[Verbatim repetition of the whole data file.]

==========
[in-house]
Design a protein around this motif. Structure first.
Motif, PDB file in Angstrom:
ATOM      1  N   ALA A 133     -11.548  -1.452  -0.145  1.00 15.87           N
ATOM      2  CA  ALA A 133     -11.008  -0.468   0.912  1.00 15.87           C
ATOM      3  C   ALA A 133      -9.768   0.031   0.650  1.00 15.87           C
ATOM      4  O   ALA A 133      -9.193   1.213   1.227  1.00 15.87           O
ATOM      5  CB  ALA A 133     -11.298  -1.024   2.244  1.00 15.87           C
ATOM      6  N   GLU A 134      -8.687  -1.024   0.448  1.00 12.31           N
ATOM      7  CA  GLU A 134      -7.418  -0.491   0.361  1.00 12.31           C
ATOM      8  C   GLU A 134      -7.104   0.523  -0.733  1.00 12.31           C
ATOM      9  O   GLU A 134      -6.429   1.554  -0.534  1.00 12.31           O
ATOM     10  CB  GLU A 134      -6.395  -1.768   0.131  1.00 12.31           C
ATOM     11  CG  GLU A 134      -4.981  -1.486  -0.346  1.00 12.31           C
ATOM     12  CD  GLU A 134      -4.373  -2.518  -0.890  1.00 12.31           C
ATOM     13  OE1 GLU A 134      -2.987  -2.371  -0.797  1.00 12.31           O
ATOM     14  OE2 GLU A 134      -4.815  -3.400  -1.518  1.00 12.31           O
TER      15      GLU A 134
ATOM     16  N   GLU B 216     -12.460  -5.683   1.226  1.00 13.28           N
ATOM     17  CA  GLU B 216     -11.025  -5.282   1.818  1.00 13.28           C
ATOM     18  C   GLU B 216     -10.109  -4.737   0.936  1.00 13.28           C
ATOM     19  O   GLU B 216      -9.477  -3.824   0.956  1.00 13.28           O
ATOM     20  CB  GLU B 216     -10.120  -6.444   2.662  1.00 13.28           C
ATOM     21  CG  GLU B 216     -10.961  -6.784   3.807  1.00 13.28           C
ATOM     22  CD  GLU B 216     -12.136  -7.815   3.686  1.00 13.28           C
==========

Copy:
[in-house]
Design a protein around this motif. Structure first.
Motif, PDB file in Angstrom:
ATOM      1  N   ALA A 133     -11.548  -1.452  -0.145  1.00 15.87           N
ATOM      2  CA  ALA A 133     -11.008  -0.468   0.912  1.00 15.87           C
ATOM      3  C   ALA A 133      -9.768   0.031   0.650  1.00 15.87           C
ATOM      4  O   ALA A 133      -9.193   1.213   1.227  1.00 15.87           O
ATOM      5  CB  ALA A 133     -11.298  -1.024   2.244  1.00 15.87           C
ATOM      6  N   GLU A 134      -8.687  -1.024   0.448  1.00 12.31           N
ATOM      7  CA  GLU A 134      -7.418  -0.491   0.361  1.00 12.31           C
ATOM      8  C   GLU A 134      -7.104   0.523  -0.733  1.00 12.31           C
ATOM      9  O   GLU A 134      -6.429   1.554  -0.534  1.00 12.31           O
ATOM     10  CB  GLU A 134      -6.395  -1.768   0.131  1.00 12.31           C
ATOM     11  CG  GLU A 134      -4.981  -1.486  -0.346  1.00 12.31           C
ATOM     12  CD  GLU A 134      -4.373  -2.518  -0.890  1.00 12.31           C
ATOM     13  OE1 GLU A 134      -2.987  -2.371  -0.797  1.00 12.31           O
ATOM     14  OE2 GLU A 134      -4.815  -3.400  -1.518  1.00 12.31           O
TER      15      GLU A 134
ATOM     16  N   GLU B 216     -12.460  -5.683   1.226  1.00 13.28           N
ATOM     17  CA  GLU B 216     -11.025  -5.282   1.818  1.00 13.28           C
ATOM     18  C   GLU B 216     -10.109  -4.737   0.936  1.00 13.28           C
ATOM     19  O   GLU B 216      -9.477  -3.824   0.956  1.00 13.28           O
ATOM     20  CB  GLU B 216     -10.120  -6.444   2.662  1.00 13.28           C
ATOM     21  CG  GLU B 216     -10.961  -6.784   3.807  1.00 13.28           C
ATOM     22  CD  GLU B 216     -12.136  -7.815   3.686  1.00 13.28           C